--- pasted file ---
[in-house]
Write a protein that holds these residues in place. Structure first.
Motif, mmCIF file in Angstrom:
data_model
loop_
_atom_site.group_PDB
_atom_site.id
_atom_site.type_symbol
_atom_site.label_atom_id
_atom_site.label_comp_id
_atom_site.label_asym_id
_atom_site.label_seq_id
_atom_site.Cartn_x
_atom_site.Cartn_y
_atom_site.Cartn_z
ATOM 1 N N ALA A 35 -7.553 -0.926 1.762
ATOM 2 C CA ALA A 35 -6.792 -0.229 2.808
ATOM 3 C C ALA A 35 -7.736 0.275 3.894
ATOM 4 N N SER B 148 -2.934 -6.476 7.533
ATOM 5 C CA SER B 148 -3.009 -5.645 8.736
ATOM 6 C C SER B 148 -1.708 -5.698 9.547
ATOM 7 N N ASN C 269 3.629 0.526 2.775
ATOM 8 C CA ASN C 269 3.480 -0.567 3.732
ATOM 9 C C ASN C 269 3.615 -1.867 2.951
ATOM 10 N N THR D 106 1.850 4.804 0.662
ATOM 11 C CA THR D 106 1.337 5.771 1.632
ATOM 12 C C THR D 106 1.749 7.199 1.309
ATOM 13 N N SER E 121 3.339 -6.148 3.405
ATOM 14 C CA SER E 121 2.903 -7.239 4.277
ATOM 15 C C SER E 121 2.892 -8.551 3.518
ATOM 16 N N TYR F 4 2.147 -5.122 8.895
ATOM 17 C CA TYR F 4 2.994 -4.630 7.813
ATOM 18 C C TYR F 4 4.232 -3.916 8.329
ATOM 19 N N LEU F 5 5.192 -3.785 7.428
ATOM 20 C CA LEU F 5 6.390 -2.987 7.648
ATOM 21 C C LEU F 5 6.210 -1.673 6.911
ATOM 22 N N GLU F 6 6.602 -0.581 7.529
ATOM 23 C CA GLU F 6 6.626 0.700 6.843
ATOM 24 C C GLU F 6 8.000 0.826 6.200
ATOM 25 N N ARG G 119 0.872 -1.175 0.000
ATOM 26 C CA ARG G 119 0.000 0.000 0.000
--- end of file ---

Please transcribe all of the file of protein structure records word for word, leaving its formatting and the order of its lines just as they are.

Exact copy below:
[in-house]
Write a protein that holds these residues in place. Structure first.
Motif, mmCIF file in Angstrom:
data_model
loop_
_atom_site.group_PDB
_atom_site.id
_atom_site.type_symbol
_atom_site.label_atom_id
_atom_site.label_comp_id
_atom_site.label_asym_id
_atom_site.label_seq_id
_atom_site.Cartn_x
_atom_site.Cartn_y
_atom_site.Cartn_z
ATOM 1 N N ALA A 35 -7.553 -0.926 1.762
ATOM 2 C CA ALA A 35 -6.792 -0.229 2.808
ATOM 3 C C ALA A 35 -7.736 0.275 3.894
ATOM 4 N N SER B 148 -2.934 -6.476 7.533
ATOM 5 C CA SER B 148 -3.009 -5.645 8.736
ATOM 6 C C SER B 148 -1.708 -5.698 9.547
ATOM 7 N N ASN C 269 3.629 0.526 2.775
ATOM 8 C CA ASN C 269 3.480 -0.567 3.732
ATOM 9 C C ASN C 269 3.615 -1.867 2.951
ATOM 10 N N THR D 106 1.850 4.804 0.662
ATOM 11 C CA THR D 106 1.337 5.771 1.632
ATOM 12 C C THR D 106 1.749 7.199 1.309
ATOM 13 N N SER E 121 3.339 -6.148 3.405
ATOM 14 C CA SER E 121 2.903 -7.239 4.277
ATOM 15 C C SER E 121 2.892 -8.551 3.518
ATOM 16 N N TYR F 4 2.147 -5.122 8.895
ATOM 17 C CA TYR F 4 2.994 -4.630 7.813
ATOM 18 C C TYR F 4 4.232 -3.916 8.329
ATOM 19 N N LEU F 5 5.192 -3.785 7.428
ATOM 20 C CA LEU F 5 6.390 -2.987 7.648
ATOM 21 C C LEU F 5 6.210 -1.673 6.911
ATOM 22 N N GLU F 6 6.602 -0.581 7.529
ATOM 23 C CA GLU F 6 6.626 0.700 6.843
ATOM 24 C C GLU F 6 8.000 0.826 6.200
ATOM 25 N N ARG G 119 0.872 -1.175 0.000
ATOM 26 C CA ARG G 119 0.000 0.000 0.000